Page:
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Sidney Poitier would stand tall, six feet and two inches. He would have broad shoulders, long legs, and perfect posture-almost a regal bearing. He would exude grace in every movement, emotion in every expression, conviction in every word. If only one quality could define him, it would be this energy, this vigor-this life. But in Miami, Florida, on 20 February 1927, he was born small and sickly. A premature baby of seven months, he weighed less than three pounds, and he seemed closer to death than life.
Reginald Poitier accepted that fate. The gaunt farmer had come to Miami to sell tomatoes, not bear a son. The Miami Produce Exchange offered the best prices for his goods, which he harvested and packed on his native Cat Island in the Bahamas. He arrived expecting to unload his crates, haggle with some merchants, and return home. The newborn delayed matters. He had endured similar ordeals before-previous children had died in infancy, by stillbirth or disease. It was fairly common on isolated Cat Island. Reginald found an undertaker and purchased a tiny casket, no bigger than a shoebox.
His wife, Evelyn, resisted this surrender. She, too, remembered her own lost offspring. But she resented Reginald's stoic realism. She had been only thirteen when she married the twenty-eight-year-old Reginald. Seven children and a lifetime of farming later, this dark, thin woman had hardened. Shy and inarticulate, she could barely communicate her frustration. Desperate for some reassurance, she paid a visit to a soothsayer.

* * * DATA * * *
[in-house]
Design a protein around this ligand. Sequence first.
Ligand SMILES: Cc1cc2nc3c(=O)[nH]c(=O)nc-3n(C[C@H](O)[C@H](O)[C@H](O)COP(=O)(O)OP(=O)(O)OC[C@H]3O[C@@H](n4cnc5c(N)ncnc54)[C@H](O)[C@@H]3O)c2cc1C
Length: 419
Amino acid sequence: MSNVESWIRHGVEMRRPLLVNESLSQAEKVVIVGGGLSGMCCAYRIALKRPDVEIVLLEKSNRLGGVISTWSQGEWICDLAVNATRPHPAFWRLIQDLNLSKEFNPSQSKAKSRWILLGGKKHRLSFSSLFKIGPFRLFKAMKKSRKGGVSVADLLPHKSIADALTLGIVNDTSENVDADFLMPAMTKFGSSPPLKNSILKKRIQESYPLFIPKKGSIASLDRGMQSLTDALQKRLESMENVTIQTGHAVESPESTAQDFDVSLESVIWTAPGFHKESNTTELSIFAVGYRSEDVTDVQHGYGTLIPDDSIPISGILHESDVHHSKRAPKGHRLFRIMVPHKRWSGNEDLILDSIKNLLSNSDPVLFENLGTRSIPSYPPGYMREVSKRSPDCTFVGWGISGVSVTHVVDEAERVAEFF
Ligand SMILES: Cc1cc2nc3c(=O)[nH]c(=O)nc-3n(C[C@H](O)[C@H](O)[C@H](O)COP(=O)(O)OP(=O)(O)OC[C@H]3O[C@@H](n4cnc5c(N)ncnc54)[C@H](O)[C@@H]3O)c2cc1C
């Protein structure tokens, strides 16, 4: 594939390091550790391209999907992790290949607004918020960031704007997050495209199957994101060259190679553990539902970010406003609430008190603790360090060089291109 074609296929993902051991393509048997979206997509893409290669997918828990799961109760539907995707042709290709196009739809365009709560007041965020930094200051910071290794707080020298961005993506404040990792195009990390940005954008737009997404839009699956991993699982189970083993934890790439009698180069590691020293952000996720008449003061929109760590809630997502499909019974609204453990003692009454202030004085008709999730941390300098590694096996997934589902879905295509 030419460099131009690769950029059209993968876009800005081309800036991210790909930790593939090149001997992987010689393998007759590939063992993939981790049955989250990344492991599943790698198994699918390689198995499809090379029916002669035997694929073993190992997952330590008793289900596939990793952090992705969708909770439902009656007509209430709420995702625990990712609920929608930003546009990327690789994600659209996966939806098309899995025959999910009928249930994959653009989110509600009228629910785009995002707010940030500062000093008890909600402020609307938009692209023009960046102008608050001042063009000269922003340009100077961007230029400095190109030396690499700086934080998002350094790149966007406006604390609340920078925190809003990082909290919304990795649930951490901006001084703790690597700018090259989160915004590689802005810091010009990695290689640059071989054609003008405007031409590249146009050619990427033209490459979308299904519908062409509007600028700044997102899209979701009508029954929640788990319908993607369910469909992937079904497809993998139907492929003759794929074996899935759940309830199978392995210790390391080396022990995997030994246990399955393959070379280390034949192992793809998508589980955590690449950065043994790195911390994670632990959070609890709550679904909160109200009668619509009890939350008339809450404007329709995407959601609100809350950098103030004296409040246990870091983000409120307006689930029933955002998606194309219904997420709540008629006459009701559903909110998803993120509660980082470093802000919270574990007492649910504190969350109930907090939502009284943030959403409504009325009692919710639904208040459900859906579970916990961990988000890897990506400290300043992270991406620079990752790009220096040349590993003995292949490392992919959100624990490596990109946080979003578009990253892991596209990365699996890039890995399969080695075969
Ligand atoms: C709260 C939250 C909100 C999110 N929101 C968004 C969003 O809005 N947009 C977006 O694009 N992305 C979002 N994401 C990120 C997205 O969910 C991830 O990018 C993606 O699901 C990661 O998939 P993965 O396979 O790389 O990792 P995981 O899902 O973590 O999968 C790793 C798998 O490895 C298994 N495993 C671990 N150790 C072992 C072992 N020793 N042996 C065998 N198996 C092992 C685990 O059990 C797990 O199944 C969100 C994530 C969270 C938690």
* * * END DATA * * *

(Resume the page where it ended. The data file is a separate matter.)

Evelyn had never been to a fortune teller, but she was willing to suspend disbelief. She sat before a wizened old clairvoyant with gray, braided hair and a string of beads tumbling over a loose dress. Soggy tea leaves congealed in a cup, portending the infant's fate. The room was silent. Finally the soothsayer's face trembled and twitched. A raw rumbling emerged from deep in her throat. "Don't worry about your son," she began. "He will survive and he will not be a sickly child. He will grow up to be"-she paused, amending her prophecy-"he will travel to most of the corners of the earth. He will walk with kings. He will be rich and famous. Your name will be carried all over the world. You must not worry about that child."
Evelyn might not have believed such grandiose predictions-the child of a poor tomato farmer, walking with kings?-but she cherished the words. She paid fifty cents, marched home, and insisted that Reginald expunge any trace of lost hope, starting with the miniature casket. For the next three months Evelyn and Reginald Poitier remained in Miami, far from their other six children, nursing Sidney back to health.
The ordeal was the first link in a chain of improbable events that proved the soothsayer correct. Sidney's premature arrival in Miami gave him automatic citizenship in the United States, a twist of fate that benefited him fifteen years later. Fortune smiled on him, sparing him where others fell. But Sidney Poitier also shaped his life through his singular personality: proud, stubborn, intelligent, restless, resourceful, virile, outwardly confident, and inwardly insecure. He would return to the United States to become a man, an actor, and an icon. But he was a child of the Bahamas.